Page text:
Saturday, 12 March 2011

The Truth Behind National's Asset Sales

The government’s grand fire sale.

The Prime Minister is returning to the failed policies of the 1980’s and 90’s in terms of asset sales and privatisation with his recent announcement that the Government will sell down its stakes in the three state-owned electricity generators, Air New Zealand and Solid Energy.

There is an embarrassing lack of rigour behind the reasons advanced to justify the flogging off of our assets. The chief argument appears to be that we need to privatise a sizeable chunk of our assets to avoid a Standard and Poor’s credit downgrade because our debt is so high. However, what we haven’t been told is that it is not government debt that is high, it is in fact private debt. Currently government or public debt is around 16.6% of GDP, however corporate debt is almost $221 billion, or 116% of GDP, as at the end of September.

Mr. Key projects that New Zealand borrows a billion dollars a month and we could make a return of around 10 billion dollars on a partial sale. Using the valuations put on the five corporations in the December accounts, selling down to 50 per cent would raise $7.8 billion. That would cover exactly half of this year's cash deficit! This does not make sense – it is foolish to privatise these revenue-making assets to save 6 months worth of borrowing!

We are being fed a sop that “Mum n Dad” investors will have a chance at owning shares in these State Owned Enterprises (SOEs). In reality most mums and dads in our economy are trying to pay the power bill rather than buy the power company. Further, once “Mum n Dad” investors are sold shares on the SOEs they are free to on-sell, and as Treasury papers point out it will only be a matter of time before more of these wind up in the hands of overseas investors.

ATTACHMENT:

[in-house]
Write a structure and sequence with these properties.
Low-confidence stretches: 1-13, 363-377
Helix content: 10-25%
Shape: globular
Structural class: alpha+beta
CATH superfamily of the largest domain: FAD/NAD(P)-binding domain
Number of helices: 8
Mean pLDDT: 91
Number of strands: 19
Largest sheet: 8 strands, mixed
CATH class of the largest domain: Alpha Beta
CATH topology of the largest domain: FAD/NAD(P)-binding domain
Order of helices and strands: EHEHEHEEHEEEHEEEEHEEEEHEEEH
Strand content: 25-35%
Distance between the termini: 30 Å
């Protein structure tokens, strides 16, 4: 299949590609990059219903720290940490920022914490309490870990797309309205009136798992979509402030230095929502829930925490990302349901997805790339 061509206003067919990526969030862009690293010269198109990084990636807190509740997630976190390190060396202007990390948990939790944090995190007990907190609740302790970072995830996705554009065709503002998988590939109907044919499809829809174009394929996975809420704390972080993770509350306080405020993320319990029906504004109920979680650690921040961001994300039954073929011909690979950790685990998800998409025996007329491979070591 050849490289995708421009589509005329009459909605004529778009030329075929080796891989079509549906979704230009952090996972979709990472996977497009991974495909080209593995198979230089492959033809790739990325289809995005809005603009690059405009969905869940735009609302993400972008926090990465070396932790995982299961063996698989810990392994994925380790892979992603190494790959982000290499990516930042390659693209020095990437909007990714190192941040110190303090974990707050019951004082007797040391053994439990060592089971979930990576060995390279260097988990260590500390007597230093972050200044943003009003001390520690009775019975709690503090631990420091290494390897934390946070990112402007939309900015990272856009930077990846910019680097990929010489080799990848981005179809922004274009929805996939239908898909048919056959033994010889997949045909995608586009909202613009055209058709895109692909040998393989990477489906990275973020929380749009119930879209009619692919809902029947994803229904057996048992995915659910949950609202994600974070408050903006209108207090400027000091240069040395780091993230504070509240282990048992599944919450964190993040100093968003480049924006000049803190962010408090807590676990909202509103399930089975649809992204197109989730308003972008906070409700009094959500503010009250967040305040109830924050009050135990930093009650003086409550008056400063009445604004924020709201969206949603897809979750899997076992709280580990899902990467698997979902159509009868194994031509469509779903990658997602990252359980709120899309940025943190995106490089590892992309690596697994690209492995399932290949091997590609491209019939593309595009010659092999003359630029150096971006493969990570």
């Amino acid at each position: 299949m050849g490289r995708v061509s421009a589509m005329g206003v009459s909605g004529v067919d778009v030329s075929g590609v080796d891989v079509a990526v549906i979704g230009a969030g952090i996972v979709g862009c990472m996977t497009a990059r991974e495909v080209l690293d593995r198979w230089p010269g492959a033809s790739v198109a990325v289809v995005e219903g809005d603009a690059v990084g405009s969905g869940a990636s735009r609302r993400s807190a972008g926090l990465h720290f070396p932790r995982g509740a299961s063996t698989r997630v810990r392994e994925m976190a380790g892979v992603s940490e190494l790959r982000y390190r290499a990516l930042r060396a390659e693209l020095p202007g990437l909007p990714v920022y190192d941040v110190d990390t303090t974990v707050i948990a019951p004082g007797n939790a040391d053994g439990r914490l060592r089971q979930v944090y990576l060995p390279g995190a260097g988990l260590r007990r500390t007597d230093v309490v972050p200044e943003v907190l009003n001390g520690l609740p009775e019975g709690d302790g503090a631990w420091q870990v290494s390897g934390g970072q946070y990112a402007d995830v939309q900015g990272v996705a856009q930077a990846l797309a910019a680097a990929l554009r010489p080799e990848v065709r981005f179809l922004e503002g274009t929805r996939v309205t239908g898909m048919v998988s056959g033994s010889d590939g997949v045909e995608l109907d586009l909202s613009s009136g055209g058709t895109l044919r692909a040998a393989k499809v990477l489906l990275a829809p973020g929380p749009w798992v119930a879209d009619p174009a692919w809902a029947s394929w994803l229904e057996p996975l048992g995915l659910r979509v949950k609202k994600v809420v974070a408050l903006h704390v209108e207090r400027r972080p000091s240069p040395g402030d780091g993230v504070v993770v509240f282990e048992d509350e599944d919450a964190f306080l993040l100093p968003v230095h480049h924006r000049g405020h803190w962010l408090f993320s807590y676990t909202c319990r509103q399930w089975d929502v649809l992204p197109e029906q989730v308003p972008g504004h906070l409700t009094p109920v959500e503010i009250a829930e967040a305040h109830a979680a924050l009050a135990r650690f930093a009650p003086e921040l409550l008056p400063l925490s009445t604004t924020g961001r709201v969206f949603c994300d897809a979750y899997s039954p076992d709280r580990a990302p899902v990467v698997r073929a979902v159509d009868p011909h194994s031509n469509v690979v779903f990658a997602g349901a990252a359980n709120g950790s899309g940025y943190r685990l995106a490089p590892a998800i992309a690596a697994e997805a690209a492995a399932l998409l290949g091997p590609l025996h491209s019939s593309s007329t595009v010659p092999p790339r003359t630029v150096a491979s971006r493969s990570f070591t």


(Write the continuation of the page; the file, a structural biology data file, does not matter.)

If we sold off parts of our SOEs, in the short term we would save some money but if we sold the SOEs to foreigners then we’d just end up paying dividends to foreign investors instead. Its the same as it is with a mortgage: you can sell your house to reduce your debt, but you wont have a house. This may actually be worse than paying interest on debt. Financial commentator Bernard Hickey looked at the SOEs being singled out and found they had an average dividend yield of 7.6% – considerably more than the 5.5% interest the government is paying on new debt.

John Key promised to not raise GST in the first term, so why should we trust him about leaving the 51% in government hands? If we need money now, what will happen in say six or ten-months time when we need more money?

Mr. Key’s claim that foreign investors won’t rush in to snap up shares in our power companies when he hocks them off is ludicrous given the example of Contact Energy in the past. Since the sale of Contact in 1999, shareholder numbers have fallen from 225,000 to about 81,000. 75% of those shares are held by just 20 companies. The majority shareholder is Australian-owned Origin Energy with 51%.
Asset sales are great for foreign investors but they’re a disaster for Kiwis. Power prices will go through the roof because of the pressure from corporate and foreign owners to push up profits.

These asset sales are about funding tax cuts and will not reduce our total debt in any significant way. Of the $300 million NZ borrows weekly, $120 million goes to fund the loss of revenue caused by the tax cuts.

SOEs are currently owned by all New Zealanders who over the generations paid for them through taxes. It is foolish to sell off businesses that actually generate money for the government to fund tax cuts for the few. This is short-term thinking at its worst and indicates that National has no idea about a long-term vision for our economy. Labour will fight this move.

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